3 things to take-away from the Spring Budget 2024

4 months ago
3 things to take-away from the Spring Budget 2024

The Spring Budget was delivered on 6th March 2024 and we tuned in to hear the Chancellor’s plans for the housing sector. We’ve cherry picked the top three changes for those buying, selling and investing in property.  

Property capital gains tax to reduce to 24%  

What is Capital Gains Tax and who pays it?

Capital Gains Tax is a tax on any profit when you sell a select group of assets that have increased in value. This could be jewellery, paintings, antiques and business assets. It also applies to some properties when they are sold. Capital Gains Tax does not have to be paid when you sell the main residence where you live but if a second property, such as a holiday home or a buy-to-let, is sold for more than it was bought for, you may have to pay Capital Gains Tax on the profit.   

What is changing?

Those paying higher or additional rate income tax currently have to pay 28% tax on any gains from a residential property sold. During the Budget, the Chancellor announced this rate would be reduced to 24%. The decrease is designed to stimulate tax revenue through a greater number of sales transactions.   

Stamp duty relief for multiple dwelling purchases scrapped  

What is Multiple Dwellings Relief?

Those purchasing more than one dwelling at the same time – usually a property investor purchasing at a new development – currently qualifies for a discount on their stamp duty land tax (SDLT) bill, as long as there is a freehold or leasehold interest in more than one dwelling. The Multiple Dwellings Relief system means each dwelling bought benefits from the nil-rate and lower rate bands of SDLT – an initiative introduced to encourage investment in property.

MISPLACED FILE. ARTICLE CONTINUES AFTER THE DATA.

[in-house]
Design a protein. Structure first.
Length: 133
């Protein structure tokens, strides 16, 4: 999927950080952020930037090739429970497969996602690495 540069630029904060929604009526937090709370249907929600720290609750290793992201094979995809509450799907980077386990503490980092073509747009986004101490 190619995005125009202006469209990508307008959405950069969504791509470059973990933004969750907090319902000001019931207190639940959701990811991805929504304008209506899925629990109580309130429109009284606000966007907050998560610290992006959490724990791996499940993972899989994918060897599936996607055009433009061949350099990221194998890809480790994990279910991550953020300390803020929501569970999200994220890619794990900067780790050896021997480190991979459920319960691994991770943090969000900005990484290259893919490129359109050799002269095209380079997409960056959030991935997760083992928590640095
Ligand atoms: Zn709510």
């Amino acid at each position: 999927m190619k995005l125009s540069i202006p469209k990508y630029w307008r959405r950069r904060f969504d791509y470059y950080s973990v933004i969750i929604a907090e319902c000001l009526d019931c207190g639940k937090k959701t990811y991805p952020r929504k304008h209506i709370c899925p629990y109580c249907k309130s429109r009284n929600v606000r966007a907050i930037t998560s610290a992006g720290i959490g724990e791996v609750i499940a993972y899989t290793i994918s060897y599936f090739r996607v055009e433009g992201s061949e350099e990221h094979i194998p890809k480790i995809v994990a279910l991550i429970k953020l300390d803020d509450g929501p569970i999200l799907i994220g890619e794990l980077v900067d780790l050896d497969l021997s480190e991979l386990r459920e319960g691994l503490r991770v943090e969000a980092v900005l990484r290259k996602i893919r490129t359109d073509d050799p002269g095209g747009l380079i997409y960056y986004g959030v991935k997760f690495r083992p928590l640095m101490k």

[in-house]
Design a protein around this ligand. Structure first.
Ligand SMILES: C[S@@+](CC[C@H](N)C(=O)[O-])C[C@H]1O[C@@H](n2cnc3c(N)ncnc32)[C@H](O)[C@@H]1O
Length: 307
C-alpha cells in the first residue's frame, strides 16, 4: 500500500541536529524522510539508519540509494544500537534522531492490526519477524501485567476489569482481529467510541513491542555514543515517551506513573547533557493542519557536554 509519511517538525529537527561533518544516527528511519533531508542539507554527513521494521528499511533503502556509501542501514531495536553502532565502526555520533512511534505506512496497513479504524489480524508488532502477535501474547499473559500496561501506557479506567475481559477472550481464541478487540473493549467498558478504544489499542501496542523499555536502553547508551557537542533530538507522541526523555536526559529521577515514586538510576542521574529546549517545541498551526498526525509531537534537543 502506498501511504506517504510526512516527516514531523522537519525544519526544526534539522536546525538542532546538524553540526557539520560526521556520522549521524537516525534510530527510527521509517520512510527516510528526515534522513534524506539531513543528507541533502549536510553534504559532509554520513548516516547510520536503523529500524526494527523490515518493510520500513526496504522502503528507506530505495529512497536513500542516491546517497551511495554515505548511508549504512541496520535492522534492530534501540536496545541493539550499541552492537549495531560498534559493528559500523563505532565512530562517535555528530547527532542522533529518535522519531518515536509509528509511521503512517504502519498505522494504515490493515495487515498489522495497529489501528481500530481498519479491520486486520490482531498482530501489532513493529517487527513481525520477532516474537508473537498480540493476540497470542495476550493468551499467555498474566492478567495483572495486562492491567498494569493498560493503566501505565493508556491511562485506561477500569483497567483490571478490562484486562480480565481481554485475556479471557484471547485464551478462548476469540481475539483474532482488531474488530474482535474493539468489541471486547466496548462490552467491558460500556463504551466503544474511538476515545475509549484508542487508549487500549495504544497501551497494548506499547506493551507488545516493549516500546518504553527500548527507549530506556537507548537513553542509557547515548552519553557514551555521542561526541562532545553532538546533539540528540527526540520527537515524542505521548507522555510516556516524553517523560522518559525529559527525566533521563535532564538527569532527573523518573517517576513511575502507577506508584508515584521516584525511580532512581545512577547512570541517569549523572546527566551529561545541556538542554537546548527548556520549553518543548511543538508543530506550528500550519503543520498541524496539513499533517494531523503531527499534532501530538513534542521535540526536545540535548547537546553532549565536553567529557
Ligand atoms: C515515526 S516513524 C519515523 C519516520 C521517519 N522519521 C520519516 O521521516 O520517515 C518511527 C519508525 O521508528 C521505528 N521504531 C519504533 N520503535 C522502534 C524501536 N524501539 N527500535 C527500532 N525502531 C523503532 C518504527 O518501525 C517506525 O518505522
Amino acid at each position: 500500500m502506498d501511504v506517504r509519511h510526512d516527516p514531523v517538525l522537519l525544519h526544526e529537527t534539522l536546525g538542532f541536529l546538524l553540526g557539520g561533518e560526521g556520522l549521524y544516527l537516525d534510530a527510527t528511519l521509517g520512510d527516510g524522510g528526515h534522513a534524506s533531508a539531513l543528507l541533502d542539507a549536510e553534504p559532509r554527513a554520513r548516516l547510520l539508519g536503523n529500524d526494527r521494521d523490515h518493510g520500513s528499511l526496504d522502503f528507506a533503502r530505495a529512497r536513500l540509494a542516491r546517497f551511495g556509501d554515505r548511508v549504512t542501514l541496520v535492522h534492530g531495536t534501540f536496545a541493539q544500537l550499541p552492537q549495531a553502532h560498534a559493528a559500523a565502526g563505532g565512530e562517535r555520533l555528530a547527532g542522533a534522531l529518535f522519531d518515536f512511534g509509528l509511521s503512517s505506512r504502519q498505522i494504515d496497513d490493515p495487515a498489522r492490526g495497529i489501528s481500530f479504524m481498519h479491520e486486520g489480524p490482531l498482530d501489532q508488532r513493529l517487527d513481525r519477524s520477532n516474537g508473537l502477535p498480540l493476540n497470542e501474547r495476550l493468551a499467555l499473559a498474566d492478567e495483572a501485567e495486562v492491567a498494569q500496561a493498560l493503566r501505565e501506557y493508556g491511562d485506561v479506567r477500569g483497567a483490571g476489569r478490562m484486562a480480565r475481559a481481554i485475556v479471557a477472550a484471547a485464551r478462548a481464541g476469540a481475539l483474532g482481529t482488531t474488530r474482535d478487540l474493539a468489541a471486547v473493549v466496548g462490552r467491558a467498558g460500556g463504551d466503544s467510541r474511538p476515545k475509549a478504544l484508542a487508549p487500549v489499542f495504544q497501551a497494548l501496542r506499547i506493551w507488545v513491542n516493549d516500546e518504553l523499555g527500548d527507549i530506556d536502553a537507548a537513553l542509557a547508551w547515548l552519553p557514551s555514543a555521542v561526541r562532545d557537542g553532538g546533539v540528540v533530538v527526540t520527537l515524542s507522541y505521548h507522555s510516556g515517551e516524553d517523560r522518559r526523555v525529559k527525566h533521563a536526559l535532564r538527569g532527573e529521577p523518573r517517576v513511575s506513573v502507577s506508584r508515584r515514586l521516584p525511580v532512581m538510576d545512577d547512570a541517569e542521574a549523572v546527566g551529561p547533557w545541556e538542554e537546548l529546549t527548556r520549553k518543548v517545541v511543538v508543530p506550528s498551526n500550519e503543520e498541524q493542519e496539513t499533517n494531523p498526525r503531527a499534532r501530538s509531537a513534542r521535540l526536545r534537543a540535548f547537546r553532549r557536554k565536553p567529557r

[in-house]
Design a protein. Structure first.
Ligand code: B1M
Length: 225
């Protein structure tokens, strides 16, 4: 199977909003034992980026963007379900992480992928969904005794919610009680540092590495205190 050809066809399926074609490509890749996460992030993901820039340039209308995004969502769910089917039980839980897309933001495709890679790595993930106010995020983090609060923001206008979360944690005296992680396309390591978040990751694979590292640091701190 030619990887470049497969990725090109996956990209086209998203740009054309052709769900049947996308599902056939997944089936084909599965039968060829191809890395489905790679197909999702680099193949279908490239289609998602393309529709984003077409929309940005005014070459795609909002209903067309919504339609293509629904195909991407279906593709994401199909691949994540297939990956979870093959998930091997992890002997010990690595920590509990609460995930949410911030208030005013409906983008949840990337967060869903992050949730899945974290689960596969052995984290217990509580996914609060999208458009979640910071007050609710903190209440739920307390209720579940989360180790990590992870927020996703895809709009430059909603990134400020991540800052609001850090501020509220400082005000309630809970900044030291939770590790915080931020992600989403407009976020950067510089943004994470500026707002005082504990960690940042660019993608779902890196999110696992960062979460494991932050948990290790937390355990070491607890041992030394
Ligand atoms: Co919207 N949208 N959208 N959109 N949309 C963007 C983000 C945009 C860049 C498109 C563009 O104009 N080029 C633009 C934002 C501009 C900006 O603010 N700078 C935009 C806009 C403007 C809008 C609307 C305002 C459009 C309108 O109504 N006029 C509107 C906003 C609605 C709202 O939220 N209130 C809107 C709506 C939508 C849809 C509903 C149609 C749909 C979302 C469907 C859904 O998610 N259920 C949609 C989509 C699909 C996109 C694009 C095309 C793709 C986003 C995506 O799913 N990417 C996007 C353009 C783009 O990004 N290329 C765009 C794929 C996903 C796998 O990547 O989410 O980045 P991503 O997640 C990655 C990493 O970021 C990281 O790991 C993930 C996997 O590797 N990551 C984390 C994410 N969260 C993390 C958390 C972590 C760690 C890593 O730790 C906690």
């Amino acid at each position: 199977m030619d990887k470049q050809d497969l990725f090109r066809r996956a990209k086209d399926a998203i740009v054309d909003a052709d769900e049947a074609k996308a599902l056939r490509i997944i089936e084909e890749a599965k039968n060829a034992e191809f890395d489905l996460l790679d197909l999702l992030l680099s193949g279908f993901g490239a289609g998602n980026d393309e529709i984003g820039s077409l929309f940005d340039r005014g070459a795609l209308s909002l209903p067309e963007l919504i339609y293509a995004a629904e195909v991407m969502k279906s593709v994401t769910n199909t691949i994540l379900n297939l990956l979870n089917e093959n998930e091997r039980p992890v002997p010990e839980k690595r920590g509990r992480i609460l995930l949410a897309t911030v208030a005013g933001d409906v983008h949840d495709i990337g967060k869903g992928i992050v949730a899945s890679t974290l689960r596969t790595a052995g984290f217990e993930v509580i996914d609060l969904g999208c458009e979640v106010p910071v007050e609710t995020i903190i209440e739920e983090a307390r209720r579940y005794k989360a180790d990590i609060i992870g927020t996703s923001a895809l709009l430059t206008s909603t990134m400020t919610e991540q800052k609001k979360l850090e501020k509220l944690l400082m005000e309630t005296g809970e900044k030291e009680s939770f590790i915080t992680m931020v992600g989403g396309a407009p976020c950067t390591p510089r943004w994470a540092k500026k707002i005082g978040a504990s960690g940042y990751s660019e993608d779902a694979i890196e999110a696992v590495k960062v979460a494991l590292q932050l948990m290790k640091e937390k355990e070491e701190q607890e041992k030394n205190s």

What is changing?

The Chancellor has announced that Multiple Dwellings Relief for those buying more than one property at the same time is being abolished. The reason lies with reported regular abuse of the system. As an aside, scrapping stamp duty relief for multiple dwellings will earn the Treasury £385 million a year.  

Furnished holiday lettings tax perk abolished  

What is the furnished holiday lettings regime?

The furnished holiday lettings (FHL) regime sees special tax rules apply to rental income generated by properties that qualify as furnished holiday lets. Tax perks have applied to furnished holiday lets that are available to holidaymakers for at least 210 days a year, and which are let for at least half that time.  

What is changing?

The FHL tax break is being scrapped as of April 2025 – adding around £245m a year to the Treasury’s coffers. The move may deter further investment in the holiday let sector, force more landlords to offer their properties to the long-term rental market and push landlords to sell their properties, which would address the shortage of homes for sale in areas where locals are struggling to become homeowners.   

If you’d like to know how the Spring Budget 2024 will affect any property you own, your future moving plans or intentions to invest in a buy-to-let, please get in touch.

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